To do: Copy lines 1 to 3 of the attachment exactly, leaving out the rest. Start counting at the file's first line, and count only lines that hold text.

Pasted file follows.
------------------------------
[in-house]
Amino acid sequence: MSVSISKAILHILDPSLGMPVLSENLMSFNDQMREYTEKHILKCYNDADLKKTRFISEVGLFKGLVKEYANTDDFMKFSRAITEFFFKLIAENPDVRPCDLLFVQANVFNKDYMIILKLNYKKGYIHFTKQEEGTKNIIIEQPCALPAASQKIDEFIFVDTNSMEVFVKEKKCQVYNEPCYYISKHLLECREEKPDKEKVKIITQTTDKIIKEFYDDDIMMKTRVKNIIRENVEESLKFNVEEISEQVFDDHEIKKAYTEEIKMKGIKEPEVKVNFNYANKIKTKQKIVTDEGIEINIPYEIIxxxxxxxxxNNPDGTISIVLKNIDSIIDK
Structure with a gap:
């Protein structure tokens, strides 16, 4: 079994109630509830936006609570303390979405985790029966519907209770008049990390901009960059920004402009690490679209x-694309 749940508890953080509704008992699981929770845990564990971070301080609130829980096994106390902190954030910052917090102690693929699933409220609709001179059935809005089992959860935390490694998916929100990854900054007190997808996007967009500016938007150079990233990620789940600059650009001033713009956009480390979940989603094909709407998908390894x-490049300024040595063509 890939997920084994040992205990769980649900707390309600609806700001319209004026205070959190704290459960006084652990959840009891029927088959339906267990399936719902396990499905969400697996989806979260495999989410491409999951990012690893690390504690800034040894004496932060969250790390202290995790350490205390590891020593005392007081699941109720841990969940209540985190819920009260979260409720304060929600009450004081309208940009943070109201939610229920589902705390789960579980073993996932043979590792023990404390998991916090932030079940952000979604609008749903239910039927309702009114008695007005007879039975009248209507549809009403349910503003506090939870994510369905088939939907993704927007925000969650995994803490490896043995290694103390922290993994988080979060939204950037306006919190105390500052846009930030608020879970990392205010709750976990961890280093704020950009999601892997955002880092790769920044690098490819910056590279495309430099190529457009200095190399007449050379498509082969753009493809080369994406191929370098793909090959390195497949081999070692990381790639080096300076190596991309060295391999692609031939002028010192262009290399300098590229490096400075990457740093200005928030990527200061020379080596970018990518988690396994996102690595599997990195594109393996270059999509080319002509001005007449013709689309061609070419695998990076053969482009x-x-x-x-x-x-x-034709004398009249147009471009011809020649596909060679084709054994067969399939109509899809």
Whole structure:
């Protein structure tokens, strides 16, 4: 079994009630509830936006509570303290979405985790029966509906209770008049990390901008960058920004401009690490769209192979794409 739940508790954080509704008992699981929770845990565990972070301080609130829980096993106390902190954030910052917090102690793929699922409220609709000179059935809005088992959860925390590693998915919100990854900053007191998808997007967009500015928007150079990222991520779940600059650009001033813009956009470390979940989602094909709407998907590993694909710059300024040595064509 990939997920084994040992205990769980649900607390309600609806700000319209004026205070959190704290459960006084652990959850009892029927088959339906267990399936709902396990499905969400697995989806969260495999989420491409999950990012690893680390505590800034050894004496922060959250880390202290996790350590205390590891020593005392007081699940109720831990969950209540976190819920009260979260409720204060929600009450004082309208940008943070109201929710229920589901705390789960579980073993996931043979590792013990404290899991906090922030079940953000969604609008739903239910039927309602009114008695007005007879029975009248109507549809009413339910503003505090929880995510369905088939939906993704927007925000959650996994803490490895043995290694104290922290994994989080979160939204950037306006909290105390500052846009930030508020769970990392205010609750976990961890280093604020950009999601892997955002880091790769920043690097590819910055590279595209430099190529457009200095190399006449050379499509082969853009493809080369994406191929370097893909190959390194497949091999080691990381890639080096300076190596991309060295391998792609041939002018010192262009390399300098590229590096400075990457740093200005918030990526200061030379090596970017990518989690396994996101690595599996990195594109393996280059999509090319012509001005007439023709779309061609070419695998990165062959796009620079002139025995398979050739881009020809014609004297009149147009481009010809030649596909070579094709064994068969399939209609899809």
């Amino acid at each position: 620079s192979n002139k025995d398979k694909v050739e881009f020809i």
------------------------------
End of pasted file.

[in-house]
Amino acid sequence: MSVSISKAILHILDPSLGMPVLSENLMSFNDQMREYTEKHILKCYNDADLKKTRFISEVGLFKGLVKEYANTDDFMKFSRAITEFFFKLIAENPDVRPCDLLFVQANVFNKDYMIILKLNYKKGYIHFTKQEEGTKNIIIEQPCALPAASQKIDEFIFVDTNSMEVFVKEKKCQVYNEPCYYISKHLLECREEKPDKEKVKIITQTTDKIIKEFYDDDIMMKTRVKNIIRENVEESLKFNVEEISEQVFDDHEIKKAYTEEIKMKGIKEPEVKVNFNYANKIKTKQKIVTDEGIEINIPYEIIxxxxxxxxxNNPDGTISIVLKNIDSIIDK
Structure with a gap: